ELON, N.C. – Nicole “Colie” Dennion ‘16, one of the most dominant women’s soccer players to ever wear an Elon jersey, died Nov. 5, 2016, following a long and courageous battle with Ewing’s sarcoma, a rare childhood bone cancer. She was 22 years old.
Elon will provide more information when it is available on services, condolences and memorials for Colie.
“We are deeply saddened to learn the news of Colie’s passing. She inspired the entire Elon community with her fierce and courageous spirit in competition and in the fight against her disease,” said Elon Athletics Director Dave Blank. “Today her family, teammates, coaches and friends are in our prayers. We will all miss Colie, but will never forget the impact she made on our university, the Phoenix family and the many lives she touched.”
As a sophomore, Dennion was named the 2013 Southern Conference Women’s Soccer Player of the Year after leading the league in goals with 15 and helping the Phoenix reach the finals of the SoCon Tournament. She went on to earn NSCAA All-Southeast Region accolades and was named to the SoCon All-Academic Team following her breakout season. Dennion was the recipient of the Stein H. Basnight Outstanding Athlete Award, Elon’s highest athletics award, later that year. The award is given annually to the most outstanding male and female athletes of the year.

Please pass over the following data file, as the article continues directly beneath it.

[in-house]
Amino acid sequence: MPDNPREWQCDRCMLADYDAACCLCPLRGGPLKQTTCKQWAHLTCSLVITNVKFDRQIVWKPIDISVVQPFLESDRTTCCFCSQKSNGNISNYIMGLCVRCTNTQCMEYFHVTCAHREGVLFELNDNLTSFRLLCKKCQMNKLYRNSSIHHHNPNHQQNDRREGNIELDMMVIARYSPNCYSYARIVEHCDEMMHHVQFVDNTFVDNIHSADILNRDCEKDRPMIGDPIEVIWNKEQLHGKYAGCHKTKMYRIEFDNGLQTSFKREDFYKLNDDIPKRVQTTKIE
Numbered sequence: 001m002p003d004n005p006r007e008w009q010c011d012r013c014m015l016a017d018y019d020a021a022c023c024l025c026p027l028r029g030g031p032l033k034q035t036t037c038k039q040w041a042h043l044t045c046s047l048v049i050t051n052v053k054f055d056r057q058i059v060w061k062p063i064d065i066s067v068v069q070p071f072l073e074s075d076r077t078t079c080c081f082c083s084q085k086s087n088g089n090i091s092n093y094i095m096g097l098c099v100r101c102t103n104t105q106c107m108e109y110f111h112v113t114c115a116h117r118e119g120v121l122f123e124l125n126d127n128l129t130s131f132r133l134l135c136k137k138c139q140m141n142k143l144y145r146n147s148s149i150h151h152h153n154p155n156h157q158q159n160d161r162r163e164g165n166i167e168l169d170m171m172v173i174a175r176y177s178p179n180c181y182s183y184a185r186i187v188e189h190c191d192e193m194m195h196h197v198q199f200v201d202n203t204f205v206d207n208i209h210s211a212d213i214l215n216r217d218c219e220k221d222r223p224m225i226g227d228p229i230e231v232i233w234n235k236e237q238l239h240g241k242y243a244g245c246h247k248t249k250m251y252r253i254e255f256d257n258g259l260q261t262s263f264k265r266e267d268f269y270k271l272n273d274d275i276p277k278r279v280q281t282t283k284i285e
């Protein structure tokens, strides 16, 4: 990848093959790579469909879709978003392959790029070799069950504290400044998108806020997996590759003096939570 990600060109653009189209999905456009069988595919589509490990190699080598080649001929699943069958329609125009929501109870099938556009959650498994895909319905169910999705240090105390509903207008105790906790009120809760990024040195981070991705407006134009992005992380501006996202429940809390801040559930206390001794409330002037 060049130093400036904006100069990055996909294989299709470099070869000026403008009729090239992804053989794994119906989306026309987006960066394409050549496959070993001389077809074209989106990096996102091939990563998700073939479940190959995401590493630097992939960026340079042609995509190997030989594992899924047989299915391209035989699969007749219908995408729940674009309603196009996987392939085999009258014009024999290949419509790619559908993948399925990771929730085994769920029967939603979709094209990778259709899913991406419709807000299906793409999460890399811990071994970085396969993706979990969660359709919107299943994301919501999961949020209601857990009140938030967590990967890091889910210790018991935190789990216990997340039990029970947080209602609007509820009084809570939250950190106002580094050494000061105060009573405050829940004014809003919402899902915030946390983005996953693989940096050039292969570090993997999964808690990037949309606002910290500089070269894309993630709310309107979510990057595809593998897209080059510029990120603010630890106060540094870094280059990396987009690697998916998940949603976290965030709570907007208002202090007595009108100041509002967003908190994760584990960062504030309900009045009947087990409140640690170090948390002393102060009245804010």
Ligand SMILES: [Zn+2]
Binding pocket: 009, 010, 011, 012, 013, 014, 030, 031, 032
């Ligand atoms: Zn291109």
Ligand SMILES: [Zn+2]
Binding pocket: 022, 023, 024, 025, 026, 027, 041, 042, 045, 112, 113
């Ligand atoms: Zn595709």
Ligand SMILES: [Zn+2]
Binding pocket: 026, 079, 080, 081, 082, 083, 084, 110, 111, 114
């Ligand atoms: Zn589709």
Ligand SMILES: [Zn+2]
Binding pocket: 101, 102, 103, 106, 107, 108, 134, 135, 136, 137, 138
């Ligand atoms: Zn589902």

Despite having her soccer career cut short due to her diagnosis in February of 2014, Dennion completed cancer treatments while still taking on a full course schedule. During the moments between school and treatment, she also worked as a physical therapist’s aid and coached a girl’s club soccer team.
The National Association of Academic Advisors for Athletics selected Dennion as the recipient of the Wilma Rudolph Student-Athlete Achievement Award in 2016. The award honors student-athletes who have overcome great personal, academic, and/or emotional odds to achieve academic success while participating in intercollegiate athletics.
Additionally, the Colonial Athletic Association selected Dennion as the recipient of the 2016 John H. Randolph Inspiration Award. The award recognizes individuals who, through strength of character and human spirit, serve as an inspiration to all to maximize their potential and ability for success. Former CAA Commissioner Tom Yeager presented Dennion with the award at the Elon Athletics Awards Banquet on May 10.
Prior to receiving the award, Dennion wrote an essay about her experience. In the essay, Dennion said:
“I believe I was meant for this journey – I was diagnosed with Ewing’s sarcoma and I was born and raised in Ewing, N.J. The chromosome mutation for Ewing’s happens on chromosome 22, my jersey number for Elon was No. 22. This may be a coincidence, but I believe it was a sign that I was meant for this journey and I can only hope that my story can bring inspiration to other people fighting battles of their own.”
Dennion returned to campus last October and was recognized during the Elon women’s soccer team’s Senior Day celebration. She graduated from Elon with a degree in exercise science in May of 2016.